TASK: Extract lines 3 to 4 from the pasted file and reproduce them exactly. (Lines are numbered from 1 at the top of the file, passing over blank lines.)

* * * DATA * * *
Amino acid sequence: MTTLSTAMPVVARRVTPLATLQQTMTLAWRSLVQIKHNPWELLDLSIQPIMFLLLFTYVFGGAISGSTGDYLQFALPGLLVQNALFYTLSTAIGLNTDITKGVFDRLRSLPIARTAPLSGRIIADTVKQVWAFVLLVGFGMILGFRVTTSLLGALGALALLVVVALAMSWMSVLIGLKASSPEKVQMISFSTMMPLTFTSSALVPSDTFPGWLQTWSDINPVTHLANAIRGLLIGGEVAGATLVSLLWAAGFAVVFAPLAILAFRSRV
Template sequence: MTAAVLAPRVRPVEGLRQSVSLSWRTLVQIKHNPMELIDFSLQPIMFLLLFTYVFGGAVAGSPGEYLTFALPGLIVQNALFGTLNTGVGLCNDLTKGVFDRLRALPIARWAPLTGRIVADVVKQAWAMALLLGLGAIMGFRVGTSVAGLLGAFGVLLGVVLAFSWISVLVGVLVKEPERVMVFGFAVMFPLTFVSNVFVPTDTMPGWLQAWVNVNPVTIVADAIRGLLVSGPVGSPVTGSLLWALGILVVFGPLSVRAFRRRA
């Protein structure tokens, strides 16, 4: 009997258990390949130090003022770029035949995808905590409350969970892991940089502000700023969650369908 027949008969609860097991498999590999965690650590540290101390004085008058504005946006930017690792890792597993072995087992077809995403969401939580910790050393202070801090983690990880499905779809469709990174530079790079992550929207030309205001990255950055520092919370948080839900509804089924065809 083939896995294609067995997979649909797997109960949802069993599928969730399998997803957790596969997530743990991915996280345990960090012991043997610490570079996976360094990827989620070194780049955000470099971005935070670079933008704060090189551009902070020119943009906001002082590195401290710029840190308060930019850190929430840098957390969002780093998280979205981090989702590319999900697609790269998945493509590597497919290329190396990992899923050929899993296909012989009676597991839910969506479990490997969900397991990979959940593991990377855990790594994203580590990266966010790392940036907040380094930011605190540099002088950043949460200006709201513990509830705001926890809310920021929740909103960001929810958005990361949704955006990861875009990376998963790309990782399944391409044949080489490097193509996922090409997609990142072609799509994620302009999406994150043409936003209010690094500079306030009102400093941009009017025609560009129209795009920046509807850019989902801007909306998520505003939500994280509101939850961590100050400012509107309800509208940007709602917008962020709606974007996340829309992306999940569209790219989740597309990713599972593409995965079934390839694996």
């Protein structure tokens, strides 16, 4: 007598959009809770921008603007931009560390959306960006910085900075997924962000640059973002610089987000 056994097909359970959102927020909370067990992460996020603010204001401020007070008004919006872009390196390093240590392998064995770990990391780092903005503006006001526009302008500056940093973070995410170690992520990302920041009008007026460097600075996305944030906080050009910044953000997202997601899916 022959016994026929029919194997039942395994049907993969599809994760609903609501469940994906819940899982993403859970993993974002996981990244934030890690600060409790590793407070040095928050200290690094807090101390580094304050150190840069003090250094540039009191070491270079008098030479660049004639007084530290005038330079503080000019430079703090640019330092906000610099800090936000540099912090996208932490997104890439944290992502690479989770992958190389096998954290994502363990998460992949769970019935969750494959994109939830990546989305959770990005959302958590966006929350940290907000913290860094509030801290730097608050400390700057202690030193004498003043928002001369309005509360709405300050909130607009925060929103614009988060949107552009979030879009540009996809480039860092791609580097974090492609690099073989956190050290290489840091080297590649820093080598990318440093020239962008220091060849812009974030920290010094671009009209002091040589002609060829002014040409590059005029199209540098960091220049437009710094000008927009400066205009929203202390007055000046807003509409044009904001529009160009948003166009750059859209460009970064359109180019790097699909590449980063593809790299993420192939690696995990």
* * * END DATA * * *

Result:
């Protein structure tokens, strides 16, 4: 009997258990390949130090003022770029035949995808905590409350969970892991940089502000700023969650369908 027949008969609860097991498999590999965690650590540290101390004085008058504005946006930017690792890792597993072995087992077809995403969401939580910790050393202070801090983690990880499905779809469709990174530079790079992550929207030309205001990255950055520092919370948080839900509804089924065809 083939896995294609067995997979649909797997109960949802069993599928969730399998997803957790596969997530743990991915996280345990960090012991043997610490570079996976360094990827989620070194780049955000470099971005935070670079933008704060090189551009902070020119943009906001002082590195401290710029840190308060930019850190929430840098957390969002780093998280979205981090989702590319999900697609790269998945493509590597497919290329190396990992899923050929899993296909012989009676597991839910969506479990490997969900397991990979959940593991990377855990790594994203580590990266966010790392940036907040380094930011605190540099002088950043949460200006709201513990509830705001926890809310920021929740909103960001929810958005990361949704955006990861875009990376998963790309990782399944391409044949080489490097193509996922090409997609990142072609799509994620302009999406994150043409936003209010690094500079306030009102400093941009009017025609560009129209795009920046509807850019989902801007909306998520505003939500994280509101939850961590100050400012509107309800509208940007709602917008962020709606974007996340829309992306999940569209790219989740597309990713599972593409995965079934390839694996």
């Protein structure tokens, strides 16, 4: 007598959009809770921008603007931009560390959306960006910085900075997924962000640059973002610089987000 056994097909359970959102927020909370067990992460996020603010204001401020007070008004919006872009390196390093240590392998064995770990990391780092903005503006006001526009302008500056940093973070995410170690992520990302920041009008007026460097600075996305944030906080050009910044953000997202997601899916 022959016994026929029919194997039942395994049907993969599809994760609903609501469940994906819940899982993403859970993993974002996981990244934030890690600060409790590793407070040095928050200290690094807090101390580094304050150190840069003090250094540039009191070491270079008098030479660049004639007084530290005038330079503080000019430079703090640019330092906000610099800090936000540099912090996208932490997104890439944290992502690479989770992958190389096998954290994502363990998460992949769970019935969750494959994109939830990546989305959770990005959302958590966006929350940290907000913290860094509030801290730097608050400390700057202690030193004498003043928002001369309005509360709405300050909130607009925060929103614009988060949107552009979030879009540009996809480039860092791609580097974090492609690099073989956190050290290489840091080297590649820093080598990318440093020239962008220091060849812009974030920290010094671009009209002091040589002609060829002014040409590059005029199209540098960091220049437009710094000008927009400066205009929203202390007055000046807003509409044009904001529009160009948003166009750059859209460009970064359109180019790097699909590449980063593809790299993420192939690696995990």